However, did you know that you convey certain messages just with the color of rose you choose? Roses are rich in symbolism. Here is a guide to the meanings of different rose colors.

Red Roses

As the most popular rose color, the color red reveals a message of love, respect, admiration or devotion.

In addition, a deep red rose can show heartfelt regret or sorrow. The number of red roses also has special meaning. A dozen red roses conveys, “I love you”

Pink Roses

The pink rose offers a message of gratitude and appreciation. The gentle color also reveals joy and admiration.

White Roses

White roses symbolize purity and innocence. They also can represent new beginnings, which is why they are a popular choice for weddings.

Their quiet, simple beauty also makes white roses a good choice for a bouquet of remembrance and honor.

Orange Roses

These fiery blooms convey energy and passion. They rival red in making an elegant and bold statement.

Lavender Roses

This lovely subtle color can convey a desire to be more than just friends. They also can serve as a reminder of devotion and respect. Dark shades convey a sense of royalty and splendor.

Yellow Roses

If you could describe yellow roses in one word, it would be with cheerful. As result, yellow roses convey friendship and warm feelings. A bouquet of yellow roses can mean “congratulations” or “welcome.”

Blue Roses

The rare blue rose offers a sense of mystery. It can give the message that you are thinking of someone special.

Green Roses

Green roses represent renewal and earthy qualities. They convey a message of cheerfulness and are a good choice in a “Get well” bouquet.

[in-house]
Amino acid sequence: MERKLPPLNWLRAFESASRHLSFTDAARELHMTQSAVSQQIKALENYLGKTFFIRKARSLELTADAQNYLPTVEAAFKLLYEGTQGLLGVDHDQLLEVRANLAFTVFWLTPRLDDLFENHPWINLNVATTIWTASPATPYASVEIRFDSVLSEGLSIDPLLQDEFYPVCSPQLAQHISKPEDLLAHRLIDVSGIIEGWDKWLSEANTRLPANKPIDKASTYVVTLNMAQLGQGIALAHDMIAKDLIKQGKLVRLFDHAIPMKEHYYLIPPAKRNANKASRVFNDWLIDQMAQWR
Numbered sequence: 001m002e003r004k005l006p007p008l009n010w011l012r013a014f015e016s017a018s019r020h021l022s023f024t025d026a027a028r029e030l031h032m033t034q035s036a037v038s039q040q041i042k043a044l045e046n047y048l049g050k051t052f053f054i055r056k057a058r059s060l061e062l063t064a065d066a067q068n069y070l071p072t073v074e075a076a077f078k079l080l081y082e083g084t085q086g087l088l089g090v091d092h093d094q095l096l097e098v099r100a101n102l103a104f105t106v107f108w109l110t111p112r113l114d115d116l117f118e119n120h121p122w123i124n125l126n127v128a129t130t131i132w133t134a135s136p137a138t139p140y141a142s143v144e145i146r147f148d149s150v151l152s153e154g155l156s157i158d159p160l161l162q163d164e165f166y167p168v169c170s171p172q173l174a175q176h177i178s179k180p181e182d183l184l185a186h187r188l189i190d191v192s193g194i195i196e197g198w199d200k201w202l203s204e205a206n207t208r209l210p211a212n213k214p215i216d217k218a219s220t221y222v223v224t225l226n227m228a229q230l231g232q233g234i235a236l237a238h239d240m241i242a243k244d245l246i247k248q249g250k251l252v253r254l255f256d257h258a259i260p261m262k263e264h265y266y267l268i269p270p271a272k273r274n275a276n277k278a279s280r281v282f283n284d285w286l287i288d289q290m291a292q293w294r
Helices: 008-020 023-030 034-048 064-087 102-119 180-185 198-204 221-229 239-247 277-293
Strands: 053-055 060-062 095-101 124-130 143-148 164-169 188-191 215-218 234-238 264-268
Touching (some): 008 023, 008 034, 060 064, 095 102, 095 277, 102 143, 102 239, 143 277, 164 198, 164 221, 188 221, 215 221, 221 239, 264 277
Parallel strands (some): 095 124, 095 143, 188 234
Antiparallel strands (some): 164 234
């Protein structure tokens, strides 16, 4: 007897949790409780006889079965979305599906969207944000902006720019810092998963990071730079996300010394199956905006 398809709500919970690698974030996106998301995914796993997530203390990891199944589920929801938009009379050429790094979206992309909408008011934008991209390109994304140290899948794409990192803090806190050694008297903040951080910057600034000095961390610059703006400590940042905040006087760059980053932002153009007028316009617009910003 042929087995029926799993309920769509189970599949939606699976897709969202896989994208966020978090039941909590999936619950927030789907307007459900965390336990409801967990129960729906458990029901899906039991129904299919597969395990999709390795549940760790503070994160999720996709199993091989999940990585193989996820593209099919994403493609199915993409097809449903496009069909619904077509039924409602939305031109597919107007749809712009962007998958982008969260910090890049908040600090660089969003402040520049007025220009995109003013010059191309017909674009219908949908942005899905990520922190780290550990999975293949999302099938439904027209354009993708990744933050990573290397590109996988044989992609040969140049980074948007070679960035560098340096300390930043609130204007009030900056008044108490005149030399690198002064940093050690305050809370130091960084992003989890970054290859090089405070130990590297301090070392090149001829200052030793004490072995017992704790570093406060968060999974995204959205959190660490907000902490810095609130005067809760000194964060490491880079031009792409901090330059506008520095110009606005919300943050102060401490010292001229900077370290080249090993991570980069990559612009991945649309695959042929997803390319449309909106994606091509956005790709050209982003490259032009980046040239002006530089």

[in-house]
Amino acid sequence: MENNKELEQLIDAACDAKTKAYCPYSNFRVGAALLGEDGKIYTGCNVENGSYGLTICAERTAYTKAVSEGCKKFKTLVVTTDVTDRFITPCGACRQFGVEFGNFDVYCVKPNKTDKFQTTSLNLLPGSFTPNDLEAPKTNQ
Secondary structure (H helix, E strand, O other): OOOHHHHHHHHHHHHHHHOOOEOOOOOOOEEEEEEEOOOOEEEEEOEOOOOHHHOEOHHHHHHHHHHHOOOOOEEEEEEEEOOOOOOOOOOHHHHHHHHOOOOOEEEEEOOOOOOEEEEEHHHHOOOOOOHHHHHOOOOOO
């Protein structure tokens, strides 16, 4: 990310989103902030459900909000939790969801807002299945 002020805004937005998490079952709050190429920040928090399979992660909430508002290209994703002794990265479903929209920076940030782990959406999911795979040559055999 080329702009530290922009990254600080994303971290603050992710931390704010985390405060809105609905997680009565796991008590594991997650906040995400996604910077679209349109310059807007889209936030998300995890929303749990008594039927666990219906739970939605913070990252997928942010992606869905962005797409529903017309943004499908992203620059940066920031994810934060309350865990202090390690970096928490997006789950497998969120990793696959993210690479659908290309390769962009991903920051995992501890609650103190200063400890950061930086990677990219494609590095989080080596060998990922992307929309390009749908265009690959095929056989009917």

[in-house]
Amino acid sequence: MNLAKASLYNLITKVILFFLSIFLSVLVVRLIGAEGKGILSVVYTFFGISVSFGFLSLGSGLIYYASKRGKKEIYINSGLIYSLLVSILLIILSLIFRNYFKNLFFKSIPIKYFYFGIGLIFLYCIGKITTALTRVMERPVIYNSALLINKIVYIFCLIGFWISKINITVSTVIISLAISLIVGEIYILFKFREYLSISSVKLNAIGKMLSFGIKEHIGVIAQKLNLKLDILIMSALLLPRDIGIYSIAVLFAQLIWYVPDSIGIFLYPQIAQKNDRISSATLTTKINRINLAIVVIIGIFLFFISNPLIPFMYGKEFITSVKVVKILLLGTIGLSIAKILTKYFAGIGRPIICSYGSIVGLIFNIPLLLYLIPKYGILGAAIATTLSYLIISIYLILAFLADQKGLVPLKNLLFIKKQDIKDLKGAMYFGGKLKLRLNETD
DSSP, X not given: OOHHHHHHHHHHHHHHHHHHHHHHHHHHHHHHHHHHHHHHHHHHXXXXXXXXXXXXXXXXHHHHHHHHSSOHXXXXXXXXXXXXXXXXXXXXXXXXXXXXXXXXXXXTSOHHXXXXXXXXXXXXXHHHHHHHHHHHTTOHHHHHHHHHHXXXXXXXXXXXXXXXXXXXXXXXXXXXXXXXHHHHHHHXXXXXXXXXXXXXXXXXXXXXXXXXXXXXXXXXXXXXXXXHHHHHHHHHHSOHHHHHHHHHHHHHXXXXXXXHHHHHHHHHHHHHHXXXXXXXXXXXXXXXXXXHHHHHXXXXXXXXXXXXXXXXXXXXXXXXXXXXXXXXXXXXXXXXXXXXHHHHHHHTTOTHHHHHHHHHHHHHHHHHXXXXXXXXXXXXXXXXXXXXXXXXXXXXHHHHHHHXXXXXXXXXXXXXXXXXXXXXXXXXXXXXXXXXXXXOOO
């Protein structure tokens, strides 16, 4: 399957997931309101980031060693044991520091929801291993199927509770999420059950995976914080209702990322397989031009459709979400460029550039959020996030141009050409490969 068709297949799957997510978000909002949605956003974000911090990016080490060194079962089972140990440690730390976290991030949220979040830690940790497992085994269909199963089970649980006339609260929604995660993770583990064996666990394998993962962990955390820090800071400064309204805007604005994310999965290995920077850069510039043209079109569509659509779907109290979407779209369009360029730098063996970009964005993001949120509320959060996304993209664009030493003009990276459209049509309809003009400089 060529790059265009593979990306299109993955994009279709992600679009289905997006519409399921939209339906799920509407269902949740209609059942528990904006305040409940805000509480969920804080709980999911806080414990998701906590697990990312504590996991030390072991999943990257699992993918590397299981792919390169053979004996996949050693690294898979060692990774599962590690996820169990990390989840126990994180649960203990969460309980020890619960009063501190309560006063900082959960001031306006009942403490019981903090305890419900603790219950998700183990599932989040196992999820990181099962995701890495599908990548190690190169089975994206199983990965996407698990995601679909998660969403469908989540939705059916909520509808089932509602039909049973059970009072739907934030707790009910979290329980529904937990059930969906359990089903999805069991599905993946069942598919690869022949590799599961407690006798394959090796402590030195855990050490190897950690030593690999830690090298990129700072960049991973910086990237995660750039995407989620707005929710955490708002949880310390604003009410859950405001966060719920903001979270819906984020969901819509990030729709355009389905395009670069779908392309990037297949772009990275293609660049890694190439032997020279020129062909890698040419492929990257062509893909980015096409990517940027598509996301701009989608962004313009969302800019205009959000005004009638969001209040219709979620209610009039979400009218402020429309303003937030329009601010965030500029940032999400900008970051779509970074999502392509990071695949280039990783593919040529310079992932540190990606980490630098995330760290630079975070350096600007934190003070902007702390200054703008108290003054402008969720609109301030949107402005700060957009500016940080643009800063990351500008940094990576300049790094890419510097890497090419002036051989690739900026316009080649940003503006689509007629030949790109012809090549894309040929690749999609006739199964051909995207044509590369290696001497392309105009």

Peach Roses

A bouquet of peach roses shows deep appreciation. Give them to someone who has been especially thoughtful and kind.

Black Roses

Black roses are actually very dark red roses. Their black appearance conveys the message of the ending of a relationship or of death.

Assorted Roses

When you give someone a multi-color bouquet of colors, you can reveal that you have mixed emotions. Selecting two colors can convey a combination of two emotions. Red and white, for instance, can show deep devotion.

Numbers game

In addition to colors, the number of roses you send or display can convey special meaning.

A single rose shows thanks or devotion.

Two entwined roses can indicate a marriage proposal.

Six roses indicate a desire to be loved.

Eleven roses reveal deep devotion

Twelve red roses mean, “I love you.”

Thirteen roses are the sign of a secret admirer

Now that you know some of the traditions behind roses, you can enhance the gift of roses this holiday season — or any time of year — with special meaning.

Star of Bethlehem

“For those who have troubles, for those who are unhappy, for those who have received bad news, a loss, or an accident, the Snowdrop gives them comfort.” – Author Unknown.

Early this spring, I was walking in my gardens and I happened to see something white growing very close to my house behind a cluster of daylilies, coralbells, sedum and a newly planted rosebush. I have nothing that has a white bloom and could not imagine what it was. The daylilies and coralbells nearly covered it, and the rose was getting ready to bloom. I looked more closely and was surprised to find a cluster of Star of Bethlehem.

You know when you sniff the scent of something that reminds you of your childhood, and you are instantly taken back in time? Or when you glance at a piece of lace and you think suddenly of Aunt Lucy and the lacy handkerchief she was never without? Star of Bethlehem did that very thing to me. I remembered Aunt Bett.